Highway 133 bottleneck to finally ease
The afternoon rush-hour bottleneck on Highway 133 should be loosened in the next few weeks, when an extra downvalley turn lane onto Highway 82 is finally constructed.
Bentley Henderson, Carbondale’s assistant town manager, said the added turn lane will allow 12 to 15 more cars to turn west onto Highway 82 from Highway 133 during each traffic light cycle.
“We expect the whole thing to be done by October 15,” Henderson said.
For the past two years, Carbondale residents and commuters have watched afternoon traffic on Highway 133 back up for more than a half mile south of the Highway 82 intersection. Henderson said that at times, traffic has reached to the Sopris Shopping Center at the intersection of Highway 133 and Main Street.
The stretch of Highway 133 between the Roaring Fork bridge and the Highway 82 intersection where the turn lane will be built is outside Carbondale’s town limits. Carbondale is paying for the $209,000 project itself, because the intersection improvements are not in the Colorado Department of Transportation’s long-range budget.
Motorists have been waiting for the improvements for more than a year. Carbondale budgeted $155,000 for the project in 2001, but delayed it when the only bid received last year came in at $300,000.
Carbondale-based Earthworks Construction made the only bid this year, and was awarded the contract in May.
The extra downvalley turn lane will be carved out of an existing island at the southeast part of the Highway 82 intersection.
Henderson said Earthworks Construction will control traffic during the project, and will alleviate impacts to motorists by stopping construction during rush hours.
Although the extra turn lane will help get downvalley-bound motorists out of Carbondale faster each afternoon in the short term, a longer-term solution is still millions of dollars away.
Earlier in the year, Henderson estimated it will cost $23 million to completely rebuild the intersection at Highway 82 and Highway 133, plus another $13 million to four-lane Highway 133 all the way through town. Henderson has said those funds also are not in CDOT’s current long-term budget.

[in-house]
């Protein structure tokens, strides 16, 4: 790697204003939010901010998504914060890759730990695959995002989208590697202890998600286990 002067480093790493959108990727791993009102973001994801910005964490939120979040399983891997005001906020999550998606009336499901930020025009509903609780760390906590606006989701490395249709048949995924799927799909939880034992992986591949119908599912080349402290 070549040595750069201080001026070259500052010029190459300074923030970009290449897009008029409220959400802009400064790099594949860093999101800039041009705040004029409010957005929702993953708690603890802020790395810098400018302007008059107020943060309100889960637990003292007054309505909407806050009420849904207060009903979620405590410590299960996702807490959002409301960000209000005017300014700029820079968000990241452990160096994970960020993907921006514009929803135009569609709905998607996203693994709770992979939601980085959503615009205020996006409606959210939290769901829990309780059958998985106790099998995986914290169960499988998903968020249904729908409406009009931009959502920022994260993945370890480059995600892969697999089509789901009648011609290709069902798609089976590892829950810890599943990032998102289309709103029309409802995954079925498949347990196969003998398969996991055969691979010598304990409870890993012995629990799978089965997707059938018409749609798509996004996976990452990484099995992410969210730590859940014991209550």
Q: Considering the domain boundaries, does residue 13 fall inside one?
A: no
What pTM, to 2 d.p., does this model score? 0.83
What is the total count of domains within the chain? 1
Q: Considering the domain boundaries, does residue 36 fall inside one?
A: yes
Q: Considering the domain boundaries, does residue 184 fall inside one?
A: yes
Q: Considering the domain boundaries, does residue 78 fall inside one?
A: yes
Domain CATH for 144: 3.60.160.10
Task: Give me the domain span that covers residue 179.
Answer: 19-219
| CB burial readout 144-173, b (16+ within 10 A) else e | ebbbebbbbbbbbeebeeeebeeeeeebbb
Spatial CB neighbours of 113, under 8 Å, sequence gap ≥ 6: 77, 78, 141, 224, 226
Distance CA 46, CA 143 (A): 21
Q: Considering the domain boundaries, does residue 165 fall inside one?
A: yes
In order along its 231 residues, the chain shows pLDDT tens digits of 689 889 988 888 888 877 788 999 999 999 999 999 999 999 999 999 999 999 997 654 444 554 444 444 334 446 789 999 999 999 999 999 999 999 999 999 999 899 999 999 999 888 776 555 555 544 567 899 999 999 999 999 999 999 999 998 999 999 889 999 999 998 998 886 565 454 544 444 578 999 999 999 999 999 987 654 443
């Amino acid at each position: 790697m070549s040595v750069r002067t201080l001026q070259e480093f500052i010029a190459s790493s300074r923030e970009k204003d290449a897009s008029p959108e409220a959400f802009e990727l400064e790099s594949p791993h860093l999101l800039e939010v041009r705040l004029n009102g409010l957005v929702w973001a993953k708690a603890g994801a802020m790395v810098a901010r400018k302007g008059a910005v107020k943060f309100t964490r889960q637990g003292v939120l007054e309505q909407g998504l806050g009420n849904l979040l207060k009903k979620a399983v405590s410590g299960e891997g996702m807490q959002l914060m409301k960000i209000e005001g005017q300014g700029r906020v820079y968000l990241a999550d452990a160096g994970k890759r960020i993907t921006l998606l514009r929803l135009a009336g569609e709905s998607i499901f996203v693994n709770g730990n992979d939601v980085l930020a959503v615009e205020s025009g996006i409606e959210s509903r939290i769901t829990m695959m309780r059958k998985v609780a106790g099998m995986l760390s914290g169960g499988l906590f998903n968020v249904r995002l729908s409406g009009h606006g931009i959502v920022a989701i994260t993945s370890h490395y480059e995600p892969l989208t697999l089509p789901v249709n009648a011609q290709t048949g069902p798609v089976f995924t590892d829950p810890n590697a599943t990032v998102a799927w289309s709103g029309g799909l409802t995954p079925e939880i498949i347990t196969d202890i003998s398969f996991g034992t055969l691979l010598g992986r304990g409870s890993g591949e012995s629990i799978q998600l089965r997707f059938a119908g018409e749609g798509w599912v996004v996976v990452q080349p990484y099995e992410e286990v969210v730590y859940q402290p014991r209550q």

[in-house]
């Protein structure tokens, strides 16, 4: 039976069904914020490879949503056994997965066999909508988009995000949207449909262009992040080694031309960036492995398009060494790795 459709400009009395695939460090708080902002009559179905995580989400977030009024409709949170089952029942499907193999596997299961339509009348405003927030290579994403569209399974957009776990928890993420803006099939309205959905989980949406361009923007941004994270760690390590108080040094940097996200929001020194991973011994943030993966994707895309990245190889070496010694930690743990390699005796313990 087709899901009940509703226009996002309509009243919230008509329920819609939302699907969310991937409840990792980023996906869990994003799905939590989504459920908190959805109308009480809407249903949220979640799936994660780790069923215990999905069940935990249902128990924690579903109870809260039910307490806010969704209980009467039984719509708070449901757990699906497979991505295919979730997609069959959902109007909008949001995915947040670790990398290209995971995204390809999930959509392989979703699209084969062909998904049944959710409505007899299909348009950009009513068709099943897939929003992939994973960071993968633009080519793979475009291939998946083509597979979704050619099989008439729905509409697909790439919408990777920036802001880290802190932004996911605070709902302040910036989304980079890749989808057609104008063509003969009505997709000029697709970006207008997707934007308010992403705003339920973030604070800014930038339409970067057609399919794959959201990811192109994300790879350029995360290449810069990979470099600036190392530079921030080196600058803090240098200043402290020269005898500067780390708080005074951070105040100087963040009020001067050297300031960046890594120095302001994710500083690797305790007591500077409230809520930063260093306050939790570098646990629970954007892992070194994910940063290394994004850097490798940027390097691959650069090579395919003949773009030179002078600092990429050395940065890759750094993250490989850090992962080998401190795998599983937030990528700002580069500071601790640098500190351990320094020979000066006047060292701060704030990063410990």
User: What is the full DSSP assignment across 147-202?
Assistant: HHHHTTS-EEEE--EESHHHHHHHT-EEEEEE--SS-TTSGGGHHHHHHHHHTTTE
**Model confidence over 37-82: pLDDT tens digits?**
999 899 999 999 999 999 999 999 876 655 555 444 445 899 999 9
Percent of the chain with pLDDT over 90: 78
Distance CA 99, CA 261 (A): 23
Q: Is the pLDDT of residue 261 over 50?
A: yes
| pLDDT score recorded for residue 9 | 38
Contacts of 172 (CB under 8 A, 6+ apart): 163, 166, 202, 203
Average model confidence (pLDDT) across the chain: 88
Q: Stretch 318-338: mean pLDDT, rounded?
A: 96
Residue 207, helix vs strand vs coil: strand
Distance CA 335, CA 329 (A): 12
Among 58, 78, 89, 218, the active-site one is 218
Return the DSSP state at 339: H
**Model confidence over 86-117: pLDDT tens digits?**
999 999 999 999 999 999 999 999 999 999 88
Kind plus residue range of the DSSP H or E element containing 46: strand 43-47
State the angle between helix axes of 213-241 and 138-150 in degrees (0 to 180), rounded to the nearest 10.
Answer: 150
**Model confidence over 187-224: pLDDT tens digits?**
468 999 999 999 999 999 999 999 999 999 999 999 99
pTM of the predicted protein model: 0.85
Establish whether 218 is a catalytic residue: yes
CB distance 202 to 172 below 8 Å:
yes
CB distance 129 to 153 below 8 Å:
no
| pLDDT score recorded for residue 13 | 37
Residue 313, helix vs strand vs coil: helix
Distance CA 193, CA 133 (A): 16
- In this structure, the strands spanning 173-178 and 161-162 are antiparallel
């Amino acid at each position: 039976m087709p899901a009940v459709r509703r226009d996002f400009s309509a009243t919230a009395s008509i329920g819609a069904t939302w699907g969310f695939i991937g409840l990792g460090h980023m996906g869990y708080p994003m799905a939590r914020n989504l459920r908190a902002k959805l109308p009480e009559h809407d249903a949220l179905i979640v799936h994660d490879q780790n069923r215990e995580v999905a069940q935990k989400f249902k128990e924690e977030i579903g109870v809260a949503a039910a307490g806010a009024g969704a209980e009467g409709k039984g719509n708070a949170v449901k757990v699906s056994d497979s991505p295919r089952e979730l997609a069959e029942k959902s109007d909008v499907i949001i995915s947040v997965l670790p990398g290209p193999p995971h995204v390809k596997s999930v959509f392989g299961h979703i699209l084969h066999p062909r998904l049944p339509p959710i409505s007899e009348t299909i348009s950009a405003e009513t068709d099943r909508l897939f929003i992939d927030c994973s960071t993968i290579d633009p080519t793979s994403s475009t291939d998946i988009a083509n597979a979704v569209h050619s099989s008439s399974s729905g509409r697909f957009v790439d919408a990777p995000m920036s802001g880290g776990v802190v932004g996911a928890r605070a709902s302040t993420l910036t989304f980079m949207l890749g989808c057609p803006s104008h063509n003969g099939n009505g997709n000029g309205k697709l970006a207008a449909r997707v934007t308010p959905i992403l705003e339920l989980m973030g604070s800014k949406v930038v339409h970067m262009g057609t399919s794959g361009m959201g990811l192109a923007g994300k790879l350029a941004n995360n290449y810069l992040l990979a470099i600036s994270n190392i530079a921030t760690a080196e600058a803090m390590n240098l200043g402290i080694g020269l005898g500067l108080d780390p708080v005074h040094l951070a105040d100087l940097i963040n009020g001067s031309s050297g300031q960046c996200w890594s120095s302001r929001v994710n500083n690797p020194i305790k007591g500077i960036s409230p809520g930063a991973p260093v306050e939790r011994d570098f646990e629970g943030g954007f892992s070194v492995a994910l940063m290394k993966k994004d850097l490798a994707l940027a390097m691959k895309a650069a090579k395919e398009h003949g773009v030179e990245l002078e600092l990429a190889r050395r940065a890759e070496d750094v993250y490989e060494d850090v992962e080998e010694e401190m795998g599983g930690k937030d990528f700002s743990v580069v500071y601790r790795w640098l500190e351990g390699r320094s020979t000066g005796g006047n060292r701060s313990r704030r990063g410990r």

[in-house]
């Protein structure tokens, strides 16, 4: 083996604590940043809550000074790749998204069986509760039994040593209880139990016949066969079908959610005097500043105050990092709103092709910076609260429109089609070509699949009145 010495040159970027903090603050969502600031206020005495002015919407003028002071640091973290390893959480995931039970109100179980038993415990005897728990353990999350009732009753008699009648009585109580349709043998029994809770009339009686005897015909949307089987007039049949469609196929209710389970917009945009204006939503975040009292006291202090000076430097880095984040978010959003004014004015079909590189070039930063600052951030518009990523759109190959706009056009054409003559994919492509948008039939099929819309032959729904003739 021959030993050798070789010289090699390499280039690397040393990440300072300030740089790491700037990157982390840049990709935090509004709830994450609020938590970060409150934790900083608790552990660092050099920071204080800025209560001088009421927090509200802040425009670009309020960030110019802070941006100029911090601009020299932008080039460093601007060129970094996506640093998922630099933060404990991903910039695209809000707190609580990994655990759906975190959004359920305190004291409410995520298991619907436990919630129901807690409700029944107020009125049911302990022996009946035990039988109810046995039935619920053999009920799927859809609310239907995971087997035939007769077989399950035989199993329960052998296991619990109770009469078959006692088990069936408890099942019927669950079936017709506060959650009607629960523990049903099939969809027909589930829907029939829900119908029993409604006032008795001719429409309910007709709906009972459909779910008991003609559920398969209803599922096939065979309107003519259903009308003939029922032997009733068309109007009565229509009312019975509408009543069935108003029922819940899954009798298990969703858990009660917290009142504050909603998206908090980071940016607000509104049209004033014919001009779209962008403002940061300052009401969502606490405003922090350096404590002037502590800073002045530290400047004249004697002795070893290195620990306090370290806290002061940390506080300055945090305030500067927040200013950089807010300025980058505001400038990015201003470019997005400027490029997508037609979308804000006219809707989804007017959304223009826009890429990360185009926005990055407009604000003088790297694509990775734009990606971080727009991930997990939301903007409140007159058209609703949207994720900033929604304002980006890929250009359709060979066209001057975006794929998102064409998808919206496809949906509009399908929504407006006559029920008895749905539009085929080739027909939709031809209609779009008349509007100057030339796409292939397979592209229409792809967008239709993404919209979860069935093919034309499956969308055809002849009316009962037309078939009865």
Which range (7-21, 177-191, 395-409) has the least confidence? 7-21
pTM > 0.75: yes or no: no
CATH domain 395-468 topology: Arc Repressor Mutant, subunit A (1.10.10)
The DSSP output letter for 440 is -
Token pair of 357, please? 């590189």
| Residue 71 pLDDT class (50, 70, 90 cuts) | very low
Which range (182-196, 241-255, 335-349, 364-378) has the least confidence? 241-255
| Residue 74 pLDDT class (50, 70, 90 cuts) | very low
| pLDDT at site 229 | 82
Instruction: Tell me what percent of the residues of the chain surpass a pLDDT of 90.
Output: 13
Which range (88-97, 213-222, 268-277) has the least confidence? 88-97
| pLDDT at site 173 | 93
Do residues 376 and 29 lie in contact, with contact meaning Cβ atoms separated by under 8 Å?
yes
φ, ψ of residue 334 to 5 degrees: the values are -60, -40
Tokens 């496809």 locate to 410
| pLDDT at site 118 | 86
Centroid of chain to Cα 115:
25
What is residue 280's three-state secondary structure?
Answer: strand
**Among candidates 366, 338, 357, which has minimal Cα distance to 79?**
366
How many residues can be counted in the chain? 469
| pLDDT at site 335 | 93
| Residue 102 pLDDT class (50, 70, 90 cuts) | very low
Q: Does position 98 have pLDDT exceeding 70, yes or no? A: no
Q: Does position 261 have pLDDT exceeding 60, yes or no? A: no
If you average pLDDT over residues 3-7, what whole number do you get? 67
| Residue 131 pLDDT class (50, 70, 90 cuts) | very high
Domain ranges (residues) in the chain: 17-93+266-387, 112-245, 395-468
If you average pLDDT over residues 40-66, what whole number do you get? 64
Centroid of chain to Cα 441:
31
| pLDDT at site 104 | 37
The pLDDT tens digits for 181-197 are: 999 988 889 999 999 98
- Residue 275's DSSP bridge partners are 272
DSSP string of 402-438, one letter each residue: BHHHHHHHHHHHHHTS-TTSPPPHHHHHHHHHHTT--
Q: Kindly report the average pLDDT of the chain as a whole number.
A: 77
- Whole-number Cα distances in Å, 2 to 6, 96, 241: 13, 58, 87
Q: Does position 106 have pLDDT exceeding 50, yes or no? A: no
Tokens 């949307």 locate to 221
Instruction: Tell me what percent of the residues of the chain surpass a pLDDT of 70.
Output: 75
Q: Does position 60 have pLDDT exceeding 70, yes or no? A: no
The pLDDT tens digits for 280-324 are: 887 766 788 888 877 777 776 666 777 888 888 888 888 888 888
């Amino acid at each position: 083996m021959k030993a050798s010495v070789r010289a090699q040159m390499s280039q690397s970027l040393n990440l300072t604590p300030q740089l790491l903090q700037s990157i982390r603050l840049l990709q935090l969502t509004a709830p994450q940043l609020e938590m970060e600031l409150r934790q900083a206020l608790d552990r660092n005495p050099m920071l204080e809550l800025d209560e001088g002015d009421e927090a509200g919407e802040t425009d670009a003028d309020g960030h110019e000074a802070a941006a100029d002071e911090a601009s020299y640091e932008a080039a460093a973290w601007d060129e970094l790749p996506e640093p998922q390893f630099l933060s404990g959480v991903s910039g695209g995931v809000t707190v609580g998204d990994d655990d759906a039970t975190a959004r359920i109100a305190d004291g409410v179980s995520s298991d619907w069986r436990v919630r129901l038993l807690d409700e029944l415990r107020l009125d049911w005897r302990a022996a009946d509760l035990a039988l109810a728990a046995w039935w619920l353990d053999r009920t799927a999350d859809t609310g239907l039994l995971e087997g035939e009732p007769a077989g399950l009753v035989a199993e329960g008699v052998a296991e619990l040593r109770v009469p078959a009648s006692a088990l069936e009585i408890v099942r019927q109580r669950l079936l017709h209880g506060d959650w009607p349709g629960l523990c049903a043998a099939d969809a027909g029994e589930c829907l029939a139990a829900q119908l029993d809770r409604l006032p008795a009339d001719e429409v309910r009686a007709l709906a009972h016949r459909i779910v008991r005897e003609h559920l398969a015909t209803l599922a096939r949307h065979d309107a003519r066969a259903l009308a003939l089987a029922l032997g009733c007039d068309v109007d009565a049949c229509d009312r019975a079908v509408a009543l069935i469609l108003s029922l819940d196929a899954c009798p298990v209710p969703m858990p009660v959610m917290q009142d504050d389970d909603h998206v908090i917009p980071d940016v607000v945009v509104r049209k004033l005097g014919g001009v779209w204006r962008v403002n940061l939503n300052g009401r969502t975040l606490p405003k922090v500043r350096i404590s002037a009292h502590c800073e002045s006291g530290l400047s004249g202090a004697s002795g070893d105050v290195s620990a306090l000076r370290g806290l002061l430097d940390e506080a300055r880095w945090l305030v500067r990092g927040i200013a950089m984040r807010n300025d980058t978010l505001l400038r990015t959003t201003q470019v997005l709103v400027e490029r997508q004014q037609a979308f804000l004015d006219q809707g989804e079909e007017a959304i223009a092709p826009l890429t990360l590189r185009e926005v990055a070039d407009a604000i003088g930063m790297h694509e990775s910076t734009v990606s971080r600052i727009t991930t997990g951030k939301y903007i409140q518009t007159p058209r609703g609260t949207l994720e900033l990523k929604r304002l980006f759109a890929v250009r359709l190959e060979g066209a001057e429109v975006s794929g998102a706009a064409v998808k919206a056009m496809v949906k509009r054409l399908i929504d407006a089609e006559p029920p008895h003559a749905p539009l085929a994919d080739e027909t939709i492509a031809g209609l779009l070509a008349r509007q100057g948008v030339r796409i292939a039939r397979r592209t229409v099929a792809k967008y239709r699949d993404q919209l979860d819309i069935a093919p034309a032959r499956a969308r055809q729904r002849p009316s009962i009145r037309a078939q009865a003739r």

Carbondale has been discussing how to raise funds to upgrade Highway 133 for more than a year, but no decisions have been made.
Traffic counts on Highway 133 from Main Street to Highway 82 have increased from 3,500 vehicle trips per day in the early 1990s to 19,000 per day this year, according to town officials.
Support Local Journalism
Support Local Journalism
Readers around Glenwood Springs and Garfield County make the Post Independent’s work possible. Your financial contribution supports our efforts to deliver quality, locally relevant journalism.
Now more than ever, your support is critical to help us keep our community informed about the evolving coronavirus pandemic and the impact it is having locally. Every contribution, however large or small, will make a difference.
Each donation will be used exclusively for the development and creation of increased news coverage.
Start a dialogue, stay on topic and be civil.
If you don't follow the rules, your comment may be deleted.
User Legend: Moderator Trusted User
Garfield County proceeds with $87,250 bid to clean up Glenwood-area homeless camps, illegal dump site
Garfield County will move ahead with an $87,250 contract to clean up a privately owned hillside property east of Walmart in Glenwood Springs that for multiple years has served as a homeless encampment.